Violence, bribery, and fraud: the political economy of elections in Sub-Saharan Africa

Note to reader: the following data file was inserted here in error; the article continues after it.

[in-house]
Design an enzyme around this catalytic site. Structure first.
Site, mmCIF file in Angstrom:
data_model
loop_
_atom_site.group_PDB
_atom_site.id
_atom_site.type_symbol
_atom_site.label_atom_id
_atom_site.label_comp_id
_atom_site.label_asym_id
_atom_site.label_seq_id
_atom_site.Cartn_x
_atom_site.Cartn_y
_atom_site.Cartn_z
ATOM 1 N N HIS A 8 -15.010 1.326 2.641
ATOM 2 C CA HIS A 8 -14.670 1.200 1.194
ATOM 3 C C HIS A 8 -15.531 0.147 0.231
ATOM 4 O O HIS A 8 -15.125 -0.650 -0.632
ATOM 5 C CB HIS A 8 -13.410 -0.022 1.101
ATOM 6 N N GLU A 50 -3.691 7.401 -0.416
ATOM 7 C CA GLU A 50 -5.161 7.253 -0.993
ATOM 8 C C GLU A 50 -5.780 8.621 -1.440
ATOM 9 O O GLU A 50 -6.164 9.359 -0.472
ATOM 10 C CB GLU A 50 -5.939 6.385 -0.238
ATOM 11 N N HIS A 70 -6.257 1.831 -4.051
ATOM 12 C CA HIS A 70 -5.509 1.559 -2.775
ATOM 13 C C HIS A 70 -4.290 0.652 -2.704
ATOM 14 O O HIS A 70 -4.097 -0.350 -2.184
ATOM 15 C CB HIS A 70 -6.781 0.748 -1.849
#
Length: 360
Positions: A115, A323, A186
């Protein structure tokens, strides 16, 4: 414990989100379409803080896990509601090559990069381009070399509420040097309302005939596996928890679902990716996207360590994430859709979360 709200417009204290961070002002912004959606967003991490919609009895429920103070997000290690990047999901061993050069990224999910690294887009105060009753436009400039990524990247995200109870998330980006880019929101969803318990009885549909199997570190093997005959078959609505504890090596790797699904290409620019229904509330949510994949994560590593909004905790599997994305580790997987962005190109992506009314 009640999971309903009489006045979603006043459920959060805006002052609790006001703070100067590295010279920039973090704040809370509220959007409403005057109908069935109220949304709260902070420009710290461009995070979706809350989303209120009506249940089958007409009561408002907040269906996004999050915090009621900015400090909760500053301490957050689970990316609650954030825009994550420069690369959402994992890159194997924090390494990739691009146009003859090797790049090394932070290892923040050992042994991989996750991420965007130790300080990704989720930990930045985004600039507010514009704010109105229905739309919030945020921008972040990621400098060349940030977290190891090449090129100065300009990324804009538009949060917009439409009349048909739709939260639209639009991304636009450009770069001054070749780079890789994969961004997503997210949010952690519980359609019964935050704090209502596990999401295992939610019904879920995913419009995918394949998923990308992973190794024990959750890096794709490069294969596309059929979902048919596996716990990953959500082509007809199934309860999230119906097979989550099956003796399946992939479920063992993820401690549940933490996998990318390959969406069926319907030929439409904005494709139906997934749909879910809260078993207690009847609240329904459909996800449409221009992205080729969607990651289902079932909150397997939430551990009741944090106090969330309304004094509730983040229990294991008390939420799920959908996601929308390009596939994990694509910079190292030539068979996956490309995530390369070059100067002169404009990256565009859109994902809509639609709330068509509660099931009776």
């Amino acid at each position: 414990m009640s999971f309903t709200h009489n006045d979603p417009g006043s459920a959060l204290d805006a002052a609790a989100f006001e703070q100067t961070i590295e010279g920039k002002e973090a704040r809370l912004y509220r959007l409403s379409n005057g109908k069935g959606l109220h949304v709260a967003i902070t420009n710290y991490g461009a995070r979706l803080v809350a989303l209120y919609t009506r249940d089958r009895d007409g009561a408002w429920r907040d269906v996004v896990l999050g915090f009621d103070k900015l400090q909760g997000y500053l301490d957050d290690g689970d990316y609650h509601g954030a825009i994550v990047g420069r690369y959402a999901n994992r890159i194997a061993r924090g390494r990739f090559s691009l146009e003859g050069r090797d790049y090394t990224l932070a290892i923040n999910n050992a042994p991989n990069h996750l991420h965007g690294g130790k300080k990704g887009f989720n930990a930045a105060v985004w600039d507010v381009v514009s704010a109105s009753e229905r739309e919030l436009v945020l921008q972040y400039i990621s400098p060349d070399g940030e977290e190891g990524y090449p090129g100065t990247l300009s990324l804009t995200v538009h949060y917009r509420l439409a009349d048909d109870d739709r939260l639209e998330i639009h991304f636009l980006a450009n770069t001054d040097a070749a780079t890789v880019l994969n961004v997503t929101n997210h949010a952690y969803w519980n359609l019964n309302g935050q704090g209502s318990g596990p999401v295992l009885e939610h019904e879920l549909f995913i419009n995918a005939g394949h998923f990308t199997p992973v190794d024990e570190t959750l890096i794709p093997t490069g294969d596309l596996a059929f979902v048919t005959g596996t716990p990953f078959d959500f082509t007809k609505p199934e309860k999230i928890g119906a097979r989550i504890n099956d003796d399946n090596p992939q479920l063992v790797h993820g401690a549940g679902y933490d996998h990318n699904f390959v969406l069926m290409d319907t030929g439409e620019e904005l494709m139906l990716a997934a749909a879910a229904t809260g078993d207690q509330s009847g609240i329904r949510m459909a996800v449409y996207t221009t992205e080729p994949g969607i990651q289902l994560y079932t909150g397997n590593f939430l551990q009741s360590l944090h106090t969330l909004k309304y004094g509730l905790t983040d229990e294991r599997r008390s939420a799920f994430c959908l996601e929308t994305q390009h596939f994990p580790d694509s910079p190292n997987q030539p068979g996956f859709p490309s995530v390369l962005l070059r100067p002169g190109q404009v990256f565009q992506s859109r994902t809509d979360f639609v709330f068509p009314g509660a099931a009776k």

Post-Soviet African democratization has introduced elections into contexts that often lack restraints upon the behavior of candidates, resulting in the emergence of voter intimidation, vote-buying, and ballot fraud. We propose a model of electoral competition where, although some voters oppose violence, it is effective in intimidating swing voters. We show that in equilibrium a weak challenger will use violence, which corresponds to a terrorism strategy. Similarly, a nationally weak incumbent will use repression. However, a stronger incumbent facing local competition will prefer to use bribery or ballot fraud. We discuss the applicability of the model to several African elections. Copyright Springer Science+Business Media, LLC 2012
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